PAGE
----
The Washington Times-Herald

January 29, 2013

County, REMC at odds over CR 900E

Commissioners say no utility plan to split cost of moving poles

By Nate Smith
Washington Times Herald

WASHINGTON — The Daviess County Commissioners and Daviess-Martin REMC are at odds over utility relocations for the Odon-Cannelburg Road project.

Described at Monday’s county commissioner meeting, the utility is asking the commissioners to pay half of the utility’s bill of $135,345 for moving utility lines on CR 900E

The reason, according to engineer Dominic Romano, County Highway Supervisor Phil Cornelius and Commissioner Tony Wichman, was the utility did not agree with the project.

“They just said this project is not a benefit to them,” Romano said. “They said they did not request this project, so why should they have to spend their money. Of course this would have been avoided if they would have not placed their poles in (the county’s) right-of-way.”

Cornelius said if the utility had easements on its lines and poles, REMC would be eligible for reimbursement from state and federal funds. But some of the poles along the road do not have easements.

Total costs to move REMC’s lines is estimated at $171,758. The Indiana Department of Transportation ruled that because of the easement issue, only 21.2 percent, or $36,412, was eligible for reimbursement from state and federal funds. The county was asked to pay $7,282 of that cost due to the project agreement.

Romano, Cornelius and Wichman met with leaders of REMC last week to discuss the issue. It was at the meeting where the utility proposed splitting the remaining $135,345 to move the lines. They also requested the 50/50 split be for future utility movements along the road.

The county is not under any legal obligation to pay for moving the poles. Other utilities have paid for their own relocations or have easements to pay for the relocation.

“It’s just unfortunate,” Cornelius said. “We met with them in the beginning of 2011, at that time (REMC) said they had easements. If you have easements, that’s great. You will get full reimbursement in the federal process.”

County attorney Grant Swartzentruber said REMC’s argument was not solid legally.

“They are on poor footing,” Swartzentruber said.

Romano said INDOT wants to have this issue resolved before the state opens the contract for bidding in March. Otherwise, the project may put on hold.

Commissioners argued that since the other utilities on the road, including Daviess County Rural Water, RTC Communications, PSI and Smithville, have moved their lines without the county’s assistance because they were reimbursed or paid for the expense, they could not see helping REMC. They voted to pay the $7,282.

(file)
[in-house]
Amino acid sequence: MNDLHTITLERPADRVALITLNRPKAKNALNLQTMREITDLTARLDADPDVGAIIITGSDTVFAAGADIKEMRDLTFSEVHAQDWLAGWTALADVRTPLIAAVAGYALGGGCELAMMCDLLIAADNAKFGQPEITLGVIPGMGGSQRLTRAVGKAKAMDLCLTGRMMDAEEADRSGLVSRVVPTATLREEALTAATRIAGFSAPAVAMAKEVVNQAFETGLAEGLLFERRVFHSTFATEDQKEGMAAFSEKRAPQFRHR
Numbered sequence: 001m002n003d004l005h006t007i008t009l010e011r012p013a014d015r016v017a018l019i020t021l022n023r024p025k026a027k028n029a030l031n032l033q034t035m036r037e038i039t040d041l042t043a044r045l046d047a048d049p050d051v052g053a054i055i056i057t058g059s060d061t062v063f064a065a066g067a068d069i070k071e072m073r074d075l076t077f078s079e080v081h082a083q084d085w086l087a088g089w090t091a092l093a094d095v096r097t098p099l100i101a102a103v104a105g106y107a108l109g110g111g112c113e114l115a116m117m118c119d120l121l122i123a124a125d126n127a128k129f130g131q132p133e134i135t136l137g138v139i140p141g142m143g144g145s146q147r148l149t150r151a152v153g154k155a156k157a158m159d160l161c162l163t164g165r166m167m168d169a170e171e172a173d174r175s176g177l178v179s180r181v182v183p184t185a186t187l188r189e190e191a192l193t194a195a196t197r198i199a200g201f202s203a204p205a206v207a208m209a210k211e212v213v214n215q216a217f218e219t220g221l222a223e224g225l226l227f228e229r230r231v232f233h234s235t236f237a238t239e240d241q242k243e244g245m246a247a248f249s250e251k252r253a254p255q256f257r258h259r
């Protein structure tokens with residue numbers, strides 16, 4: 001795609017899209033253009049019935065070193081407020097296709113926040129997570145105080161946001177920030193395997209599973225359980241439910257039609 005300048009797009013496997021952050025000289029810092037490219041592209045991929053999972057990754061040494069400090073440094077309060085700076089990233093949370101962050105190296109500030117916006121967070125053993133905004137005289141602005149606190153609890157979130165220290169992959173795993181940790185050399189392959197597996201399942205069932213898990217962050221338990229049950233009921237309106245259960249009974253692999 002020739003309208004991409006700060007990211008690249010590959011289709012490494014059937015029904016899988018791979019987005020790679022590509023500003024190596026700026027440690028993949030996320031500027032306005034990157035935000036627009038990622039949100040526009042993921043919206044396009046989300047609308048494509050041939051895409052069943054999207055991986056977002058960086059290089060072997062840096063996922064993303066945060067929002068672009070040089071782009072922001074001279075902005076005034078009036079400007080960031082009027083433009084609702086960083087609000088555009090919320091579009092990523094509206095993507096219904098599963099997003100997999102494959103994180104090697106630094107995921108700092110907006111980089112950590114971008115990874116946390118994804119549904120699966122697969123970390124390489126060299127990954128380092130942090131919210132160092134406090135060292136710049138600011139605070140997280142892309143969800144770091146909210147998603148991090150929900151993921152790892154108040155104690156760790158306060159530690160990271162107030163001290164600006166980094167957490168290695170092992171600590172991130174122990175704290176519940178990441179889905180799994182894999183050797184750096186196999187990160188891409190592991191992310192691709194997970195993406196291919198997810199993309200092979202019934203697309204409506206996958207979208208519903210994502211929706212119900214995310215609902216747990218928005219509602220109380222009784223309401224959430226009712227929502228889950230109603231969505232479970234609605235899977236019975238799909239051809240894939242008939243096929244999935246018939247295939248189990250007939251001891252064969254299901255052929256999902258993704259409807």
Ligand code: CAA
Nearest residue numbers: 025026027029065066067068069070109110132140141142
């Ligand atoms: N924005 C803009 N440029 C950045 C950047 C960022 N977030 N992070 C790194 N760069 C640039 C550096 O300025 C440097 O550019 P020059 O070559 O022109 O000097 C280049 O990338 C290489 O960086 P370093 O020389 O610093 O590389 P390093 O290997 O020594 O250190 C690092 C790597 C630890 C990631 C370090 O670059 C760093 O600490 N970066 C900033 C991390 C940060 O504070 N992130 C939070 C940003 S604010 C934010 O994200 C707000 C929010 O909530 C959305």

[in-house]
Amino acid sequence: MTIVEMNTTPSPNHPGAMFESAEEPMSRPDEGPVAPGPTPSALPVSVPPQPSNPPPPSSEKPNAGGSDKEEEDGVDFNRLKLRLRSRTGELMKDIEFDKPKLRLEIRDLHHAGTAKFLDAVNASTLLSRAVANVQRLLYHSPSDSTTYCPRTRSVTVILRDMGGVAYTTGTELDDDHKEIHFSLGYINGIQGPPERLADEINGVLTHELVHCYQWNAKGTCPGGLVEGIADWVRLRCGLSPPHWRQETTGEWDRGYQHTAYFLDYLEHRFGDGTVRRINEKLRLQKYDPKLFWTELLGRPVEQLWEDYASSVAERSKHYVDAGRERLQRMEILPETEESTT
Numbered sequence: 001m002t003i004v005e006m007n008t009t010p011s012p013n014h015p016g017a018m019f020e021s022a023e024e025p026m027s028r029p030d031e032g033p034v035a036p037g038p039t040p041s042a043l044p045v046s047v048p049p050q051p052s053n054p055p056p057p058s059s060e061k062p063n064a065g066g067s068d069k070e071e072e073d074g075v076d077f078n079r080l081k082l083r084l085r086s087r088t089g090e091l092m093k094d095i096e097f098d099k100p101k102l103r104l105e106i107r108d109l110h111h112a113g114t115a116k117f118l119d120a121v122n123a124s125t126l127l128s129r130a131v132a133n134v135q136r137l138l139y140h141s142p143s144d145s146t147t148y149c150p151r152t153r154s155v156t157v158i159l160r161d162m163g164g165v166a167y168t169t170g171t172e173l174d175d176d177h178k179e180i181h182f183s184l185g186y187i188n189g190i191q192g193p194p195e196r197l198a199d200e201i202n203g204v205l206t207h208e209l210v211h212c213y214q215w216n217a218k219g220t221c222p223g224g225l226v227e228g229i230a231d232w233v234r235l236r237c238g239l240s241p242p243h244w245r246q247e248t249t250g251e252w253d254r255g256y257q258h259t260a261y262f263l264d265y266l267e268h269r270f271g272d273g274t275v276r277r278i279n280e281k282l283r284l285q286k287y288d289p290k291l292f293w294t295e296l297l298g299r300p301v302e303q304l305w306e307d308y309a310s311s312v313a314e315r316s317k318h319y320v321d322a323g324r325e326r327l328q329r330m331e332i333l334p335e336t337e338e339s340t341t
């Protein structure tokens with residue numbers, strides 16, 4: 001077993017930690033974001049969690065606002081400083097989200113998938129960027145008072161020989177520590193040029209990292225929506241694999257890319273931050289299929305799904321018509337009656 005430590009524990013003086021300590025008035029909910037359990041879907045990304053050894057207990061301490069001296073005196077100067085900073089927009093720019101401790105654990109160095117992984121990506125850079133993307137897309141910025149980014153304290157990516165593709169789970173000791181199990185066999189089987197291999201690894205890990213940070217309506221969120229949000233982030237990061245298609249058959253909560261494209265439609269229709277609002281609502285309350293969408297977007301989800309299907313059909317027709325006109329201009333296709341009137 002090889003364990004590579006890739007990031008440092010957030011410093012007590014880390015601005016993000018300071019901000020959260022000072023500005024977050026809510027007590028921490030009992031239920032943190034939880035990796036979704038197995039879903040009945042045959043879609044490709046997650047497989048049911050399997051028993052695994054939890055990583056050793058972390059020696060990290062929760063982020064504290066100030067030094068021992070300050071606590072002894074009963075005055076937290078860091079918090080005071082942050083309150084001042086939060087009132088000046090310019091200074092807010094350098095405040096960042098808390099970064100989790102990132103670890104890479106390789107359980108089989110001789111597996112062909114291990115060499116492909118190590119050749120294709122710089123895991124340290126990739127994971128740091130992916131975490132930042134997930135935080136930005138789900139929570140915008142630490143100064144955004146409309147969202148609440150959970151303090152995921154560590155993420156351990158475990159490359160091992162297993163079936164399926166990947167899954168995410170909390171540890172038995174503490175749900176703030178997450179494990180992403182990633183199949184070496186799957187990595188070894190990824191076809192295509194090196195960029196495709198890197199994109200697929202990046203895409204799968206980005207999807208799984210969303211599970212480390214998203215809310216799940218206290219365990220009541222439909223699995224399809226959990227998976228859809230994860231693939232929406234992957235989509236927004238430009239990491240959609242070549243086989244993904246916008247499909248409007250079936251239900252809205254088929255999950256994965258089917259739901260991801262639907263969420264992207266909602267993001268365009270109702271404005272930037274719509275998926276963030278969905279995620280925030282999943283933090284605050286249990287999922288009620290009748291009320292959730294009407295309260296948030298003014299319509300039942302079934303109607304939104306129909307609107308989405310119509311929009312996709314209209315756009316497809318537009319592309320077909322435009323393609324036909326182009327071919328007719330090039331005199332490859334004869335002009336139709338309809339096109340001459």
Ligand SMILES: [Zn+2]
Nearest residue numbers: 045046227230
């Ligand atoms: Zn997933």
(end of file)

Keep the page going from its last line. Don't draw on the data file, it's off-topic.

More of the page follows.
“My point is we need to stick to the (original) agreement and move on,” Wichman said.

Ken Frye, general manager for REMC, confirmed they believed they had the easements, but did not. He also said there was an issue on the costs to move the poles.

“Realistically, we have to look out for our whole membership so we will have to keep our costs down,” Frye said.

He said REMC will work with the county to resolve the issue.

“We are talking and do whatever it takes to get the solution to the problem. We serve three counties and it is imporant to work with the commissioners of all three counties,” Frye said.

Romano said for construction, their poles will have to be moved. Cornelius said if there is a delay in construction, REMC may be held liable for the delay.

“Unfortunately, I think we will have to get attorney Swartzentruber involved,” Romano said.

Weights and measures

The state Board of Health asked the commissioners in a letter to create a county inspector for weights and measures.

According to state law, if a county has more than 30,000 in population the county must create an inspector for weights and measures. The 2010 Census said the county has 31,978 residents.

In the past, the state has inspected all local scales and gas pumps. Commissioners asked Swartzentruber to look into what is needed before officially creating the position.


Daviess County Assessor Dennis Eaton told the commissioners the state is changing the timeline for reassessments.

Instead of the entire county being reassessed for property taxes in 18 months every few years, Eaton said 25 percent of the county will be reinspected every year for four years. After the four years, new cost tables will then be made.

Eaton said trending for properties will continue on a yearly basis.

Overhead bridge

City and county officials met with representatives of CSX Transportation about a new overhead bridge on N.E. 15th Street. Swartzentruber said the meeting was “not productive,” as CSX’s offer of $131,000 would not meet the cost of a new bridge.

The railroad has 30 days to come up with a new offer.